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A small percentage of Medtronic Inc.'s (MDT) heart devices may have problems where battery life depletes faster than expected, the company said in an online advisory earlier this week.
Medtronic no longer sells the models in question. An estimated 39,000 EnTrust implantable defibrillators are implanted world-wide. Implantable defibrillators provide a shock to the heart when needed in patients with irregular heartbeat.
The battery in the EnTrust devices is supposed to last at least three months after an elective replacement indicator comes on. Medtronic said that as of last month, there have been 60 confirmed events that involved a drop in battery voltage over a time period ranging from one week to six months. The company has identified the cause of the incidents to be a battery short that develops toward the end of the device's life. All reported events have occurred at least 30 months after implant.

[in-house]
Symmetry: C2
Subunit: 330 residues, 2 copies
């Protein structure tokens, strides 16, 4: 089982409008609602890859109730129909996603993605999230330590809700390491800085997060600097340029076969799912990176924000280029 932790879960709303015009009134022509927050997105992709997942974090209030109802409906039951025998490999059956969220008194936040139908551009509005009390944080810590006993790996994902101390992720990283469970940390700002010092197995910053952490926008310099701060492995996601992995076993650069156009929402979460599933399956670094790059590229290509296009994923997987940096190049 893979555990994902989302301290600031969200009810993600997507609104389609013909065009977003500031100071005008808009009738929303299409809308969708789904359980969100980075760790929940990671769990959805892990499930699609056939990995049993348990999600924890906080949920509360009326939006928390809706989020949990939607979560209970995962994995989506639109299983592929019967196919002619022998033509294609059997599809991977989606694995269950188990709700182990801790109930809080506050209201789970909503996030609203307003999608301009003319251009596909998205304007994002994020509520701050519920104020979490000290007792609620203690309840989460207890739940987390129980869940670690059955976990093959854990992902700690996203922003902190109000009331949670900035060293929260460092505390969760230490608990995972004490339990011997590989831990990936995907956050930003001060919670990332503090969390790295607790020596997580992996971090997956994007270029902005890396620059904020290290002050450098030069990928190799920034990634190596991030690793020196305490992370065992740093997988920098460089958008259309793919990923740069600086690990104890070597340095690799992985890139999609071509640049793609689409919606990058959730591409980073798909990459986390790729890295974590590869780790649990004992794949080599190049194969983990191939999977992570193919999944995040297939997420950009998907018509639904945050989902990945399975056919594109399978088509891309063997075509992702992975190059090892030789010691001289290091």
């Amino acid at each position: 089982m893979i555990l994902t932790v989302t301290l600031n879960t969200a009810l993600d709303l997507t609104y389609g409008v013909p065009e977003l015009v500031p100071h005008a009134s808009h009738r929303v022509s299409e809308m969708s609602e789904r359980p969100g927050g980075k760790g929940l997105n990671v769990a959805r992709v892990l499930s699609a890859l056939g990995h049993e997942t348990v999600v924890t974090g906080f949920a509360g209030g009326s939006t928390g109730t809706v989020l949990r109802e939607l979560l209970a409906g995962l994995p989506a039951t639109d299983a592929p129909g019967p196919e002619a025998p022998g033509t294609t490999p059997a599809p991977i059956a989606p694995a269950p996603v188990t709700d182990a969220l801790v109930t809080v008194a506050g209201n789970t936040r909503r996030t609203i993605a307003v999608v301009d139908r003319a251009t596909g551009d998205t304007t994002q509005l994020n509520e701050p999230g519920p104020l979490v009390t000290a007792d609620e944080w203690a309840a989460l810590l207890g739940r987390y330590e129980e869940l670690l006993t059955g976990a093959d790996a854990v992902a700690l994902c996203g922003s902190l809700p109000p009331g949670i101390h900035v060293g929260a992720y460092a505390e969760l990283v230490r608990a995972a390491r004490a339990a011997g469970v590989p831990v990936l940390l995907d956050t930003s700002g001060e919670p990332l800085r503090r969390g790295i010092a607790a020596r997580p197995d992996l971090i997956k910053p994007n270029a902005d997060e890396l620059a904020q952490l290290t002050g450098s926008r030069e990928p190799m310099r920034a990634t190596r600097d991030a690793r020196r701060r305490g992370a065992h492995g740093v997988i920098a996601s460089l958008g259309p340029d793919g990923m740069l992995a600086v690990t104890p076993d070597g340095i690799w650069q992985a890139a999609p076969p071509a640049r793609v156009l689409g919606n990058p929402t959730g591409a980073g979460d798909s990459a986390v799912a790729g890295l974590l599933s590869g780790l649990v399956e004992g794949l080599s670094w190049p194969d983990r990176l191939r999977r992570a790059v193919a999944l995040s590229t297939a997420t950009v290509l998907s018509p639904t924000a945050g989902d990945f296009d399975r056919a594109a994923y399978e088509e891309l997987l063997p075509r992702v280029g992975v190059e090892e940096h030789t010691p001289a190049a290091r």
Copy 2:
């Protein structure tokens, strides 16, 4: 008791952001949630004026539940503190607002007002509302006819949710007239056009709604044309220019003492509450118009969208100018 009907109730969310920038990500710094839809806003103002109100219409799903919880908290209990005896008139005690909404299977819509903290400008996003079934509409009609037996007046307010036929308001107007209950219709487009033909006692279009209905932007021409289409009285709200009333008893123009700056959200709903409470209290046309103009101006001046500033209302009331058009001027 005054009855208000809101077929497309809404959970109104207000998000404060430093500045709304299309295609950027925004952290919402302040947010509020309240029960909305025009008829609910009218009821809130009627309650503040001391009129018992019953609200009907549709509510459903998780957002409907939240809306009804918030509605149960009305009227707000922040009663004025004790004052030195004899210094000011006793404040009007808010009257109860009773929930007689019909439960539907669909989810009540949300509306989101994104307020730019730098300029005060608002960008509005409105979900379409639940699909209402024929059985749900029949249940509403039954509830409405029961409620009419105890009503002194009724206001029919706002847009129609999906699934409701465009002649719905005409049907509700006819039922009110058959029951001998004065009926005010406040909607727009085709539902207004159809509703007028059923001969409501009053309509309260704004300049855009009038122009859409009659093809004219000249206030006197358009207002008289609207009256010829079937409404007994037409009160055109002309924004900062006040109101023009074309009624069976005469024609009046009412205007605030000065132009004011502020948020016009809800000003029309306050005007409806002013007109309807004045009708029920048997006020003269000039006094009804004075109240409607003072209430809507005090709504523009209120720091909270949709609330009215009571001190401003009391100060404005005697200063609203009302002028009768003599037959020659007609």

Medtronic shares were down 1% to $37.76 in recent trading. The stock is down 1.3% this year.
No patient deaths or serious injuries have been reported. "Ongoing impact from the advisory appears limited," said Derrick Sung, an analyst at Bernstein, in a note Friday. He said the issue looks manageable. "Physicians need simply to replace the device as soon as the elective replacement indicator is reached."
Medtronic isn't the only medical devices company that has dealt with battery problems in its heart rhythm devices. Competitor St. Jude Medical Inc. (STJ) faced similar concerns in a subset of its defibrillators late last year.
The advisory comes as medical device makers face a challenging market for implantable defibrillators. Domestic sales have slumped on a Department of Justice investigation and a study published last year that indicated the devices were being used outside clinical guidelines.
-By Anjali Athavaley, Dow Jones Newswires; 212-416-4912; email@example.com